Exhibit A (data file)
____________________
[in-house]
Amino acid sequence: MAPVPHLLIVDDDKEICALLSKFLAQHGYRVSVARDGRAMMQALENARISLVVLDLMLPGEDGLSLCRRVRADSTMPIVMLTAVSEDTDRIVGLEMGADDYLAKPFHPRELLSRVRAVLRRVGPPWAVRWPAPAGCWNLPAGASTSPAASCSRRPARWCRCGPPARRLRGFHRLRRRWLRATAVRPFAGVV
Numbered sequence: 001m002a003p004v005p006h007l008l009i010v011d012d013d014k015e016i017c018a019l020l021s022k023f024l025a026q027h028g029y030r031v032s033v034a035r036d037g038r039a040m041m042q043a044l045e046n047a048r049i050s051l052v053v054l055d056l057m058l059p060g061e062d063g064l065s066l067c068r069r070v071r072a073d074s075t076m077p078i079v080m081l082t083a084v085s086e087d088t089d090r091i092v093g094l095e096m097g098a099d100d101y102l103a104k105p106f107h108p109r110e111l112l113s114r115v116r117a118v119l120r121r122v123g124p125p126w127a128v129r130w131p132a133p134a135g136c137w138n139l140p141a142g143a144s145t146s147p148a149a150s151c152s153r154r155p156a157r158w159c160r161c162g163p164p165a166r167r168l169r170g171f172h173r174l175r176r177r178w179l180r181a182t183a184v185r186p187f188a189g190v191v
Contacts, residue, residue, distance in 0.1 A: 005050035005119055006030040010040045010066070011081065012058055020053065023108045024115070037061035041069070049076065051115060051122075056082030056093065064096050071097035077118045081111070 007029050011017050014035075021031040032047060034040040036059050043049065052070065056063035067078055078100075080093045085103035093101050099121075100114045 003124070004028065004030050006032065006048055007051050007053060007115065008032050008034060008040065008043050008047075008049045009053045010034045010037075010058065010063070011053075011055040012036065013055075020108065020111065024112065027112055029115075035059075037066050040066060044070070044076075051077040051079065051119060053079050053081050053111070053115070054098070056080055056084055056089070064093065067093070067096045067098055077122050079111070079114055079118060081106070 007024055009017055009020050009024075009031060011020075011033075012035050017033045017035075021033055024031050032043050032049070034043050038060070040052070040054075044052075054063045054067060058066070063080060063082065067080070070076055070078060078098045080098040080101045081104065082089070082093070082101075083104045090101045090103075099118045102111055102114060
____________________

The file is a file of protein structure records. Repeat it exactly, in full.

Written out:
[in-house]
Amino acid sequence: MAPVPHLLIVDDDKEICALLSKFLAQHGYRVSVARDGRAMMQALENARISLVVLDLMLPGEDGLSLCRRVRADSTMPIVMLTAVSEDTDRIVGLEMGADDYLAKPFHPRELLSRVRAVLRRVGPPWAVRWPAPAGCWNLPAGASTSPAASCSRRPARWCRCGPPARRLRGFHRLRRRWLRATAVRPFAGVV
Numbered sequence: 001m002a003p004v005p006h007l008l009i010v011d012d013d014k015e016i017c018a019l020l021s022k023f024l025a026q027h028g029y030r031v032s033v034a035r036d037g038r039a040m041m042q043a044l045e046n047a048r049i050s051l052v053v054l055d056l057m058l059p060g061e062d063g064l065s066l067c068r069r070v071r072a073d074s075t076m077p078i079v080m081l082t083a084v085s086e087d088t089d090r091i092v093g094l095e096m097g098a099d100d101y102l103a104k105p106f107h108p109r110e111l112l113s114r115v116r117a118v119l120r121r122v123g124p125p126w127a128v129r130w131p132a133p134a135g136c137w138n139l140p141a142g143a144s145t146s147p148a149a150s151c152s153r154r155p156a157r158w159c160r161c162g163p164p165a166r167r168l169r170g171f172h173r174l175r176r177r178w179l180r181a182t183a184v185r186p187f188a189g190v191v
Contacts, residue, residue, distance in 0.1 A: 005050035005119055006030040010040045010066070011081065012058055020053065023108045024115070037061035041069070049076065051115060051122075056082030056093065064096050071097035077118045081111070 007029050011017050014035075021031040032047060034040040036059050043049065052070065056063035067078055078100075080093045085103035093101050099121075100114045 003124070004028065004030050006032065006048055007051050007053060007115065008032050008034060008040065008043050008047075008049045009053045010034045010037075010058065010063070011053075011055040012036065013055075020108065020111065024112065027112055029115075035059075037066050040066060044070070044076075051077040051079065051119060053079050053081050053111070053115070054098070056080055056084055056089070064093065067093070067096045067098055077122050079111070079114055079118060081106070 007024055009017055009020050009024075009031060011020075011033075012035050017033045017035075021033055024031050032043050032049070034043050038060070040052070040054075044052075054063045054067060058066070063080060063082065067080070070076055070078060078098045080098040080101045081104065082089070082093070082101075083104045090101045090103075099118045102111055102114060